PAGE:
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Assam Keelback Re-Appeared after 129 Years

Last seen in 1891, a group of scientists of Wildlife Institute of India, has rediscovered the rare snake in Arunachal Pradesh

Pic Credit: Dhritiman Mukherjee/ twitter

Guwahati: More than century later, a real ‘Khilogiya’ has emerged from the shadows.

The Assam keelback snake, known as the real ‘Khilongia of Upper Assam region’ as this species is found nowhere else in the world, has recently made its ‘magical’ appearance almost 129 years later when it was first spotted.

Last seen in 1891 when a British tea-planter Samuel Edward Peal collected specimens and deposited at the Natural History Museum, London, a group of scientists of Wildlife Institute of India (WII), Dehradun, have found Assam keelback (Herpetoreas pealii), a non-venomous, in Arunachal Pradesh.

The snake has never been spotted since.

Luckily, it was sighted in September 2018 when the WII team decided to retrace the century-old iconic Abor Expedition to Arunachal Pradesh. The survey was initiated from the Poba reserved forest, located at the interstate boundary between Assam and Arunachal Pradesh.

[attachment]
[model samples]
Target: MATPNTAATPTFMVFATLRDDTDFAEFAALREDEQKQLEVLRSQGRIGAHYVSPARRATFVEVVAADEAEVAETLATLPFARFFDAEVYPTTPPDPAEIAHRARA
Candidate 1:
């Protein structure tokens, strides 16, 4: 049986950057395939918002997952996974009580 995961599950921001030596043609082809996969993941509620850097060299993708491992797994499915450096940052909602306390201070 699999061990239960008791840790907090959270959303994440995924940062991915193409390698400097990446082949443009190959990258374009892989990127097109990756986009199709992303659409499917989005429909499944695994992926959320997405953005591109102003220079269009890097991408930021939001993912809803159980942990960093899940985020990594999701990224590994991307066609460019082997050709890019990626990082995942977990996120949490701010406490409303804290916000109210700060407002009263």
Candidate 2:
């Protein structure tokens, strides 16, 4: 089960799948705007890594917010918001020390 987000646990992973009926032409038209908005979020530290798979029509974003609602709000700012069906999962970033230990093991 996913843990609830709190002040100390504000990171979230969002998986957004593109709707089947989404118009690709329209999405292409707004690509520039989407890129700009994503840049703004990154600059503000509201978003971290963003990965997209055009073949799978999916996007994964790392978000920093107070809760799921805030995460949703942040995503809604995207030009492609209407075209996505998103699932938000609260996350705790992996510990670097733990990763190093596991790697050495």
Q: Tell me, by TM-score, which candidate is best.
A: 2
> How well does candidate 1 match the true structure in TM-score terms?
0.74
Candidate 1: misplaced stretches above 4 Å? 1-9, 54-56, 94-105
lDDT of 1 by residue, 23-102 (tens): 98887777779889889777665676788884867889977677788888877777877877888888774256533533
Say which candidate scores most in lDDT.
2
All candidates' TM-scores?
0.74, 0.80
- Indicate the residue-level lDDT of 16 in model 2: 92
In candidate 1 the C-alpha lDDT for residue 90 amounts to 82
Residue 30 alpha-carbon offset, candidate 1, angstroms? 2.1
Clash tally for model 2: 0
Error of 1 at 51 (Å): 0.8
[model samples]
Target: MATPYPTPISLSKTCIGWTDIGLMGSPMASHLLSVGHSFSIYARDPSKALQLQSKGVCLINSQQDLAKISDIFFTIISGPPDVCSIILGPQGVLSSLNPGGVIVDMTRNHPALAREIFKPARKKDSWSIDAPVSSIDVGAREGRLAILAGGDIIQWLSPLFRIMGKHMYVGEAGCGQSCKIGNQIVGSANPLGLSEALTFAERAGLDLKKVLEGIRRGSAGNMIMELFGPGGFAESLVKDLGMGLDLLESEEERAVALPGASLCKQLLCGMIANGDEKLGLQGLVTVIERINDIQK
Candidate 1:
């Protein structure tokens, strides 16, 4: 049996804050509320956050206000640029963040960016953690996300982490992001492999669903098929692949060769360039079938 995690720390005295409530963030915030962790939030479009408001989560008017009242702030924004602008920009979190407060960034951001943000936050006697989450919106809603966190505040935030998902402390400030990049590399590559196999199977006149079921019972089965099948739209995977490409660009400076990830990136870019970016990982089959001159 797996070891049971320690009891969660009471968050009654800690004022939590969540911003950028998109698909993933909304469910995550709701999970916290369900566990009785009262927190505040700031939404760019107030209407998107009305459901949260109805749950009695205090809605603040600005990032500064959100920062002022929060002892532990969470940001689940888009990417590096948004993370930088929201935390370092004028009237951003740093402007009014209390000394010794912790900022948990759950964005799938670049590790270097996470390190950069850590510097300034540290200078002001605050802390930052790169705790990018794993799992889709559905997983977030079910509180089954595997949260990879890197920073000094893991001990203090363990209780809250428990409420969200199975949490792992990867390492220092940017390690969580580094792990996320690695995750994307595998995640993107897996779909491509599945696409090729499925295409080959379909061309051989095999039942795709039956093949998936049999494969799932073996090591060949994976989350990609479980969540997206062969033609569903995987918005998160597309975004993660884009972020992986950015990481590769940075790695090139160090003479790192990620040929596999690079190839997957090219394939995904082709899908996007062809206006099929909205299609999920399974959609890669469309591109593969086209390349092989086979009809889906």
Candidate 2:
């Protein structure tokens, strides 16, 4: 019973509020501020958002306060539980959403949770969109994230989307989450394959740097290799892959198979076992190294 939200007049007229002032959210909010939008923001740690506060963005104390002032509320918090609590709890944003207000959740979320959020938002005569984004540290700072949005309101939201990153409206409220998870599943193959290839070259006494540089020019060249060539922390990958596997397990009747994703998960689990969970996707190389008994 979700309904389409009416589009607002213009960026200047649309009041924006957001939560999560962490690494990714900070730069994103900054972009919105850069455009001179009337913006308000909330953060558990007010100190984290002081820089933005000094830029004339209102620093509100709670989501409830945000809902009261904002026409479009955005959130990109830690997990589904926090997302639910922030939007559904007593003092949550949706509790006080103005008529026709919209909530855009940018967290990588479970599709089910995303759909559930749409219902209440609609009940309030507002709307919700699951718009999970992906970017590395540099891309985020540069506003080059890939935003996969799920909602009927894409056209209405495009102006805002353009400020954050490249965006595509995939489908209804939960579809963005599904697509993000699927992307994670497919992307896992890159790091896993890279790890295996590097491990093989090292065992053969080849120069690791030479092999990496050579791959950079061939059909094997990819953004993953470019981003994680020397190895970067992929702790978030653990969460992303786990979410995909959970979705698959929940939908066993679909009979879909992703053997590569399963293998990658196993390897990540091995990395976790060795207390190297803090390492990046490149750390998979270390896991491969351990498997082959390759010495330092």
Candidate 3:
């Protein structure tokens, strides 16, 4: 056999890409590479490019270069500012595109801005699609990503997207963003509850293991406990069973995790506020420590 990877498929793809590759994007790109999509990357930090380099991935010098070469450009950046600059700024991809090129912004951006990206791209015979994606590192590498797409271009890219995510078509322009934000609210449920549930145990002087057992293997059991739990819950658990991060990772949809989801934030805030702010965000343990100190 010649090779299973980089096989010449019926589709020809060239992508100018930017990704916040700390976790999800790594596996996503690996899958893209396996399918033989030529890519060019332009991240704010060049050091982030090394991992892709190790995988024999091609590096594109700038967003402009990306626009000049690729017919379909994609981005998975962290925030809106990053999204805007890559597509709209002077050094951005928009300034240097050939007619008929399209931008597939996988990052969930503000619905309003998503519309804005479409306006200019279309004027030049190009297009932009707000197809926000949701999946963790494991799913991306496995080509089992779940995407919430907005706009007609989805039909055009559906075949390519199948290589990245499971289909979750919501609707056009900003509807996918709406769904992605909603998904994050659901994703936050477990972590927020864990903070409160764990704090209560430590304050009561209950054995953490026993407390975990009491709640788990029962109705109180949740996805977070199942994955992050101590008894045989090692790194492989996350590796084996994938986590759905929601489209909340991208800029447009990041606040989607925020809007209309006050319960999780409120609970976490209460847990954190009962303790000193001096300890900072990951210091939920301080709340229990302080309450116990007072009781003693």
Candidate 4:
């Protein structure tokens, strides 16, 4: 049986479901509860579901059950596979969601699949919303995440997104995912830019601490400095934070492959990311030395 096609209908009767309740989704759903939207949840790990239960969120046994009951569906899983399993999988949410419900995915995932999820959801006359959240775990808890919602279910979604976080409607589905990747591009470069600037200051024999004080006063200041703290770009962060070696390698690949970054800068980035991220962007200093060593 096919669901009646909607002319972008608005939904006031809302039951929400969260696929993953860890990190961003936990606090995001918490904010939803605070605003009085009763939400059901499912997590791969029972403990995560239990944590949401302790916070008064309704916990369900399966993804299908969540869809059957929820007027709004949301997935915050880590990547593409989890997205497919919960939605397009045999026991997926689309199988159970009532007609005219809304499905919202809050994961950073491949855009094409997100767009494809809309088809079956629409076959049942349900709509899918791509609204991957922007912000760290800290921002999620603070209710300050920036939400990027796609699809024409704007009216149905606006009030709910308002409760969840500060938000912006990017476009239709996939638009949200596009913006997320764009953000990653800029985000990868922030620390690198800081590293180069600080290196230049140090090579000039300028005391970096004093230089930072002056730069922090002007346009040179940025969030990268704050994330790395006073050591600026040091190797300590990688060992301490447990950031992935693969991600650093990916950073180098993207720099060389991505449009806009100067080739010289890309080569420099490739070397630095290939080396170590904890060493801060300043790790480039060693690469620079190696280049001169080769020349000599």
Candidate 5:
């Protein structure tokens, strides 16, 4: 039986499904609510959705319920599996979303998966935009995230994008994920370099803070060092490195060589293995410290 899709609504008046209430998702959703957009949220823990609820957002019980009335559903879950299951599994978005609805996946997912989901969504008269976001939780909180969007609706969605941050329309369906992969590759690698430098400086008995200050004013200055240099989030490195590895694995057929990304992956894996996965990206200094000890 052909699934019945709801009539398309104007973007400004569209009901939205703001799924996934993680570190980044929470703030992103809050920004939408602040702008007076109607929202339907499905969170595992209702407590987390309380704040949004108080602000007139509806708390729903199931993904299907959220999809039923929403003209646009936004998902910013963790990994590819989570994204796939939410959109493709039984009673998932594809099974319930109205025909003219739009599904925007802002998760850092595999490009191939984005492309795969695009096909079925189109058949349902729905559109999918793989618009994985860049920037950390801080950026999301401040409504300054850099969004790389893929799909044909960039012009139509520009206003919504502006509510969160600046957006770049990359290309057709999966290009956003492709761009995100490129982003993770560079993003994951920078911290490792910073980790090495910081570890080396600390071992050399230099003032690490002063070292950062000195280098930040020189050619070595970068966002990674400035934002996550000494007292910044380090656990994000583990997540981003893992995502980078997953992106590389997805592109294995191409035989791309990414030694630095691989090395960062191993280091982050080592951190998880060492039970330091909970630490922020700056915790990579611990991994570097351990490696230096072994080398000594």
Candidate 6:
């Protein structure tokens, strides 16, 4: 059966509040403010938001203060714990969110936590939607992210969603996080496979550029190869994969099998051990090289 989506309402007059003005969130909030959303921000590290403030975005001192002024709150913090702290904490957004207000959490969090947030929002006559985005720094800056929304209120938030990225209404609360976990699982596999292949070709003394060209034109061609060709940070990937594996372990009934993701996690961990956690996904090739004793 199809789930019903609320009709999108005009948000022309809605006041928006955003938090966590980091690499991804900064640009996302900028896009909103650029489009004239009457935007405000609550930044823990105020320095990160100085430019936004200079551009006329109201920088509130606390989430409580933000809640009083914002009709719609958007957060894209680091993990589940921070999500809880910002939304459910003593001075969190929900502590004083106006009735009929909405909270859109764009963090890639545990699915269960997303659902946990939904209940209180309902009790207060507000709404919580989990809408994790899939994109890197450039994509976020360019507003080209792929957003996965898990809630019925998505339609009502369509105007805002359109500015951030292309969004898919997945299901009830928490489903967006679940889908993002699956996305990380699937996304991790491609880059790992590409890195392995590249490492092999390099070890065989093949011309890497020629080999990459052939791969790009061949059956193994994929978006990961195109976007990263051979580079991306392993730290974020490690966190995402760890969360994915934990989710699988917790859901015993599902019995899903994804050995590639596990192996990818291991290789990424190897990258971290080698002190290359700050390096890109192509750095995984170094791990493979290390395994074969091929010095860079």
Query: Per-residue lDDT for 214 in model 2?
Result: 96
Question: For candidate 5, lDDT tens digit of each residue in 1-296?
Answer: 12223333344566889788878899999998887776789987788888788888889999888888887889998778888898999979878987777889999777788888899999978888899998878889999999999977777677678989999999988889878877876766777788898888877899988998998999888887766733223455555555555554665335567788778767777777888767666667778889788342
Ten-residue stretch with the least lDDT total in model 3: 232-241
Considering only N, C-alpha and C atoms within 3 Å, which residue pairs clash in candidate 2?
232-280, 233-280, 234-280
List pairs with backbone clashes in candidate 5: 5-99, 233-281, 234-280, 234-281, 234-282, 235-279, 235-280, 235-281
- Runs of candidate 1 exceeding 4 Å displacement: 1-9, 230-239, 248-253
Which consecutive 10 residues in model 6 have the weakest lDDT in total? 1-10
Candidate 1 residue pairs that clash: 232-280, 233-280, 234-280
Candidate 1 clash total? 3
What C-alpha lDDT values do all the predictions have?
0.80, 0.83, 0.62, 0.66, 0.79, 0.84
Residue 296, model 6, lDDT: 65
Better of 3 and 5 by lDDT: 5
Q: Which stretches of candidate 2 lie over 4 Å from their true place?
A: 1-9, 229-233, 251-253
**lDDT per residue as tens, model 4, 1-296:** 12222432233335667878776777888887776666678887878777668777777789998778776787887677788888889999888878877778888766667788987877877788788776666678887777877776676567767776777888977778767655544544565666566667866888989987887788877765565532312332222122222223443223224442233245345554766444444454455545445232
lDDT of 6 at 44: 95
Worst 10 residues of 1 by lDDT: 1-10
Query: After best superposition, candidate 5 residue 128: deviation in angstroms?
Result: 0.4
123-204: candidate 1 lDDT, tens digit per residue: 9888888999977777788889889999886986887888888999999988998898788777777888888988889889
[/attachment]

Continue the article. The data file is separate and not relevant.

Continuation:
Though found in two years back, but it was identified as the ‘lost’ Assam keelback recently.

“While following one of these muddy-bottomed streams in the forest interior, we recorded this harmless snake coiling under the submerged leaf litter of a stream. The snake was difficult to spot among leaf litter due to its dark-brown colour, but its belly contrasted it with brown spots on a yellow background – and that’s caught the attention,” said WII scientist Abhijit Das, lead author of the study ‘Lost and found: rediscovery and systematics of the Northeast Indian snake Hebius pealii’.

To confirm the identity and evolutionary relationships of this rare find, collaboration came from the Natural History Museum, London, where original the specimen was kept intact. Subsequently, it was identified based on morphological and molecular comparisons.

The discovery of the Assam keelback from a slow-flowing stream inside a forest indicates the need to prioritize conservation of ‘special habitats’ to safeguard microhabitat specialized species, the scientist added.